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Growth performance and intestinal morphology of Hyline chickens fed diets with different diet particle sizes

Lang, Wuying, Hong, Pan, Li, Ruonan, Zhang, Hao, Huang, Yusheng, Zheng, Xin
Journal of animal physiology and animal nutrition 2019 v.103 no.2 pp. 518-524
average daily gain, body weight, chickens, diet, duodenum, feed conversion, feed intake, geometry, growth performance, ileum, jejunum, particle size, pelleted feeds, scanning electron microscopy, villi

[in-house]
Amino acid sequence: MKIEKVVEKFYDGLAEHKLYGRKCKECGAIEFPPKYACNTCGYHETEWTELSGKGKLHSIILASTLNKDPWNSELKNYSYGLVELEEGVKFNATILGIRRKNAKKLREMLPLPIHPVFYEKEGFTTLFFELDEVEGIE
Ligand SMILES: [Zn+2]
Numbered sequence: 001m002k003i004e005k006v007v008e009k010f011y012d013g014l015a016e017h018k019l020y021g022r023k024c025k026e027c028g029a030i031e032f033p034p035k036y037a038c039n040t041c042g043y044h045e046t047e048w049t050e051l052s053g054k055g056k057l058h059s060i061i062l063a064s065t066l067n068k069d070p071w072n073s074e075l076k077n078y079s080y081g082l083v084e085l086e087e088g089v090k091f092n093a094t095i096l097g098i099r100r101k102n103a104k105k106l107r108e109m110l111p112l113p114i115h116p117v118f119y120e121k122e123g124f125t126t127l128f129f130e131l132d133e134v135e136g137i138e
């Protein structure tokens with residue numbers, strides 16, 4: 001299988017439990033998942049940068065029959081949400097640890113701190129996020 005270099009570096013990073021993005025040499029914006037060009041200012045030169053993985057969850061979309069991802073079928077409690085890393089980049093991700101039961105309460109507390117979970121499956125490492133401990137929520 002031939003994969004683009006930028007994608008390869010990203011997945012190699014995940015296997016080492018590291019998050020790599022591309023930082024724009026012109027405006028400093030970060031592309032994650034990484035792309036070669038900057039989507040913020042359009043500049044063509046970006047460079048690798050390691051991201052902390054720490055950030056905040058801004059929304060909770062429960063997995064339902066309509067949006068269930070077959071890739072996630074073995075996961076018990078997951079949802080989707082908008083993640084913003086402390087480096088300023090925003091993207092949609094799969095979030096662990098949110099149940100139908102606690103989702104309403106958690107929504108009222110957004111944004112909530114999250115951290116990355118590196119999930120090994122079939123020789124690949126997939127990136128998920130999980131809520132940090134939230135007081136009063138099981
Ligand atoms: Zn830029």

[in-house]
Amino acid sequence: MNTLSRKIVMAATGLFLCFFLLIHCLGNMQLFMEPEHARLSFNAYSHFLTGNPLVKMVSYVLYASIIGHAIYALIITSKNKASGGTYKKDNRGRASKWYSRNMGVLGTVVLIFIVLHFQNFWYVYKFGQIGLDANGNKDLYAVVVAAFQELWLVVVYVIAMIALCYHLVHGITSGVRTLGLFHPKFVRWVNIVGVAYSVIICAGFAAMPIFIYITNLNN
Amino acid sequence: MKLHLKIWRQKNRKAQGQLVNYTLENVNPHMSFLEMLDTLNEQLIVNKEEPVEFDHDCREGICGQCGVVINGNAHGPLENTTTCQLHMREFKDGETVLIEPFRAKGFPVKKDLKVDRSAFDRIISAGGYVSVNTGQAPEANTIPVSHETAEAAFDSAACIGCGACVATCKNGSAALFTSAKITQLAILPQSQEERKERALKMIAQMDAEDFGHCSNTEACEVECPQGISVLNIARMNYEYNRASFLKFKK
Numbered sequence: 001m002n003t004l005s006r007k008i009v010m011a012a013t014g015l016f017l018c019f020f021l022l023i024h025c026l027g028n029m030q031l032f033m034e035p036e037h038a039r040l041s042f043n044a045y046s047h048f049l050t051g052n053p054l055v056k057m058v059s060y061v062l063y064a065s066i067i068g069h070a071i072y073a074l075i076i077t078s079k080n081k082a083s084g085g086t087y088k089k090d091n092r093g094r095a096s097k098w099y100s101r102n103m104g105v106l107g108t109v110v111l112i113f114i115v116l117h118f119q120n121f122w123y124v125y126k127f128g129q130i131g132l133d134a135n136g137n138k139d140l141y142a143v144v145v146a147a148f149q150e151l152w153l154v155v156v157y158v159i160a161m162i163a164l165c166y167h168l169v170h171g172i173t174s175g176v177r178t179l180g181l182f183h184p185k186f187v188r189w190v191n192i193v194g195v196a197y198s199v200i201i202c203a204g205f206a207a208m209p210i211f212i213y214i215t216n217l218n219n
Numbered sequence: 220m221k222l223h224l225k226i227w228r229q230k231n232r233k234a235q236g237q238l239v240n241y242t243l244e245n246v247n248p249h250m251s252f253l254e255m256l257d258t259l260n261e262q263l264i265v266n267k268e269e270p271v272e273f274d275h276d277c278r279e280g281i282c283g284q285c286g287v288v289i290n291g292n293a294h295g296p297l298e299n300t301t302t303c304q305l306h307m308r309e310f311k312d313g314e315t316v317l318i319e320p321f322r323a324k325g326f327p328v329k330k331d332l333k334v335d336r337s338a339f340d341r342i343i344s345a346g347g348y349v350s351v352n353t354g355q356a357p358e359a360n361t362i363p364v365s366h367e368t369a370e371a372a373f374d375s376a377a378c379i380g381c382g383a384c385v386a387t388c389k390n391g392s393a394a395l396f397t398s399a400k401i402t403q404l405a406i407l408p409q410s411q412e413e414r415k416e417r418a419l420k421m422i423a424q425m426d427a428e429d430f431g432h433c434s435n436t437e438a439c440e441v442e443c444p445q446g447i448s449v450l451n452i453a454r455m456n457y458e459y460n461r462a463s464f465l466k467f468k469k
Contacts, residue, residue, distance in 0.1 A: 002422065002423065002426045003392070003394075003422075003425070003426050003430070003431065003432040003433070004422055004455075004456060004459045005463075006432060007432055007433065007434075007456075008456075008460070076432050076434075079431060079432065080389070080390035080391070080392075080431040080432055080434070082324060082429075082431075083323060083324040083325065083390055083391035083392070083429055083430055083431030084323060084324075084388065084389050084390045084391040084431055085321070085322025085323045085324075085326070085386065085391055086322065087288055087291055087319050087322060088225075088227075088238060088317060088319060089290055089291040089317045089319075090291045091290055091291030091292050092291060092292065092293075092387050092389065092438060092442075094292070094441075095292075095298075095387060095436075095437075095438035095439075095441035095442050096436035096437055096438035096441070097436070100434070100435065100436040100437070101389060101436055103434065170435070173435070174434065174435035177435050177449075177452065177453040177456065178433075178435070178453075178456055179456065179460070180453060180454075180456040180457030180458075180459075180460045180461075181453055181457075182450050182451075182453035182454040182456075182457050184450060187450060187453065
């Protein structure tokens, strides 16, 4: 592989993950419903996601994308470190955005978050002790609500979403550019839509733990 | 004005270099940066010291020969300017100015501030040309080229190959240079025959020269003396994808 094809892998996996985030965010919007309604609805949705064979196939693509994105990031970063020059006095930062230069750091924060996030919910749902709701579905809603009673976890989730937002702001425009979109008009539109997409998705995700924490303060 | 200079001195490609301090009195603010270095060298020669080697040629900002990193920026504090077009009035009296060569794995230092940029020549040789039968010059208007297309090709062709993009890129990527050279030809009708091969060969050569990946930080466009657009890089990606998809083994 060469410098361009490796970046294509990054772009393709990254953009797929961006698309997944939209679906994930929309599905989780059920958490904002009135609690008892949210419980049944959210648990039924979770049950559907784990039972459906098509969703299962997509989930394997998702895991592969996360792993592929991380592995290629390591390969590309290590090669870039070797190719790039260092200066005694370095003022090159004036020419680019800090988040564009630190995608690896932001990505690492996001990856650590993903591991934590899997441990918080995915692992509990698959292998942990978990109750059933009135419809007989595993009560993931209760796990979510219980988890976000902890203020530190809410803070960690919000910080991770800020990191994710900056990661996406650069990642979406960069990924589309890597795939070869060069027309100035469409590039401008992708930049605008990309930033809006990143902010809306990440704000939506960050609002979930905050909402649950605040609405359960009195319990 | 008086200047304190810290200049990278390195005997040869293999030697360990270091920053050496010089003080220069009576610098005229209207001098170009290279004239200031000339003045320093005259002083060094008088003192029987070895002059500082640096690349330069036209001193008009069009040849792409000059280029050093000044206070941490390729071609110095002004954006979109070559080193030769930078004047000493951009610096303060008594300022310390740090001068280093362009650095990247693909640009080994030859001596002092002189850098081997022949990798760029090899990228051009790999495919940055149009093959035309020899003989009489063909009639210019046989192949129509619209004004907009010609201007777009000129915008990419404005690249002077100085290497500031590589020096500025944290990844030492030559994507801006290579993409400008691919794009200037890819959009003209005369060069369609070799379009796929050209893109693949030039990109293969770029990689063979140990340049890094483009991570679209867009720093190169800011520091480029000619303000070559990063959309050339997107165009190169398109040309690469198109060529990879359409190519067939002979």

The effect of feed particle size on the growth performance and intestinal morphology of Hyline chickens was studied. Sixty one‐day‐old chickens were randomly assigned into two groups with five replicates per group and six chickens per replicate. The control group (CG) was fed pelleted feed and the experimental group (EG) was fed crumbled feed. The geometric mean diameter (GMD) of the pelleted and crumbled feed was approximately 1.2 and 0.8 mm respectively. The trial was carried out from day 15 to day 69 of the lives of the chickens. During the experimental period, the average daily feed intake (ADFI), average daily gain (ADG) and feed conversion rate (FCR) were calculated. At 42 and 69 days of age, fifteen chickens from each group were slaughtered for the intestinal morphology analyses. The morphologies of various segments of the intestine were observed by scanning electron microscopy (SEM). The results showed that from 15 to 42 days of age, the FCR of the CG was higher than that of the EG, but the final body weight was lower in the CG than in the EG (p < 0.05). The villi heights in the duodenum, jejunum and ileum were shorter in the CG than in the EG (p < 0.05). The villi tips in the duodenum and jejunum of the CG were broken, but they were protected in the EG. At 69 days of age, the BW and the whole intestinal villi height of the CG were greater than those of the EG (p < 0.05). The villi in the duodenum and jejunum in the CG were better than 42 days, but the tips of the duodenal villi in the EG were slightly broken. In conclusion, feeding chickens crumbled feed from 15 to 42 days of age and then feeding them pelleted feed was beneficial to the growth performance of the Hyline chickens, as the pelleted feed would break the intestinal villi of young chickens, but the intestinal villi become stronger with the chicken growth.